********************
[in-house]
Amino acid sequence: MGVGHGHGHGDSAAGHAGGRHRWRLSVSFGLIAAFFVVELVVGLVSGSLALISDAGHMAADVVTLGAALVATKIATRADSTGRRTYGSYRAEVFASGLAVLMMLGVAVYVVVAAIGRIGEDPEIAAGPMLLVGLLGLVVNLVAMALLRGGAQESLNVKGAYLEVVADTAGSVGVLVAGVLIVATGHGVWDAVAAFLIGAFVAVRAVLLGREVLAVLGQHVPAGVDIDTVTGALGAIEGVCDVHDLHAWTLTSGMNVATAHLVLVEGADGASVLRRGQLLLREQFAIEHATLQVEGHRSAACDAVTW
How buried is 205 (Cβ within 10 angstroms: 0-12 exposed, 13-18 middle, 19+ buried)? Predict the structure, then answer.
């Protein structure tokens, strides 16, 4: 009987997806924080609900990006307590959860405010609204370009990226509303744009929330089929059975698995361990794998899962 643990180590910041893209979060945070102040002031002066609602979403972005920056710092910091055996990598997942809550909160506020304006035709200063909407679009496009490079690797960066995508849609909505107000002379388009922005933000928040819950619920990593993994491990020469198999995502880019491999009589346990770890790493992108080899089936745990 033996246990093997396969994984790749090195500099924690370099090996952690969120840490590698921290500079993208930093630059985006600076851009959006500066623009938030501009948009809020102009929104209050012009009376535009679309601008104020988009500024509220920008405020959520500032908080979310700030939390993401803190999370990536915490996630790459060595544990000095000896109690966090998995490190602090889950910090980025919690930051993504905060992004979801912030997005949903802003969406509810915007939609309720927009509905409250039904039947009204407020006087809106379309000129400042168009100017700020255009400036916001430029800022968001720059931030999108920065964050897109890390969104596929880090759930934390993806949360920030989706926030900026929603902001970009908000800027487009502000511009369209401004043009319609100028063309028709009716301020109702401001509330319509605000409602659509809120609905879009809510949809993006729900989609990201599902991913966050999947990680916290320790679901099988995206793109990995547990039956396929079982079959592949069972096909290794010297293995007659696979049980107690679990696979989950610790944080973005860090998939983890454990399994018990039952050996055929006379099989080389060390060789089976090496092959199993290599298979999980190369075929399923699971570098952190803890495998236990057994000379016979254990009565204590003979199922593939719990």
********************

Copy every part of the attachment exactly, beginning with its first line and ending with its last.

[in-house]
Amino acid sequence: MGVGHGHGHGDSAAGHAGGRHRWRLSVSFGLIAAFFVVELVVGLVSGSLALISDAGHMAADVVTLGAALVATKIATRADSTGRRTYGSYRAEVFASGLAVLMMLGVAVYVVVAAIGRIGEDPEIAAGPMLLVGLLGLVVNLVAMALLRGGAQESLNVKGAYLEVVADTAGSVGVLVAGVLIVATGHGVWDAVAAFLIGAFVAVRAVLLGREVLAVLGQHVPAGVDIDTVTGALGAIEGVCDVHDLHAWTLTSGMNVATAHLVLVEGADGASVLRRGQLLLREQFAIEHATLQVEGHRSAACDAVTW
How buried is 205 (Cβ within 10 angstroms: 0-12 exposed, 13-18 middle, 19+ buried)? Predict the structure, then answer.
């Protein structure tokens, strides 16, 4: 009987997806924080609900990006307590959860405010609204370009990226509303744009929330089929059975698995361990794998899962 643990180590910041893209979060945070102040002031002066609602979403972005920056710092910091055996990598997942809550909160506020304006035709200063909407679009496009490079690797960066995508849609909505107000002379388009922005933000928040819950619920990593993994491990020469198999995502880019491999009589346990770890790493992108080899089936745990 033996246990093997396969994984790749090195500099924690370099090996952690969120840490590698921290500079993208930093630059985006600076851009959006500066623009938030501009948009809020102009929104209050012009009376535009679309601008104020988009500024509220920008405020959520500032908080979310700030939390993401803190999370990536915490996630790459060595544990000095000896109690966090998995490190602090889950910090980025919690930051993504905060992004979801912030997005949903802003969406509810915007939609309720927009509905409250039904039947009204407020006087809106379309000129400042168009100017700020255009400036916001430029800022968001720059931030999108920065964050897109890390969104596929880090759930934390993806949360920030989706926030900026929603902001970009908000800027487009502000511009369209401004043009319609100028063309028709009716301020109702401001509330319509605000409602659509809120609905879009809510949809993006729900989609990201599902991913966050999947990680916290320790679901099988995206793109990995547990039956396929079982079959592949069972096909290794010297293995007659696979049980107690679990696979989950610790944080973005860090998939983890454990399994018990039952050996055929006379099989080389060390060789089976090496092959199993290599298979999980190369075929399923699971570098952190803890495998236990057994000379016979254990009565204590003979199922593939719990």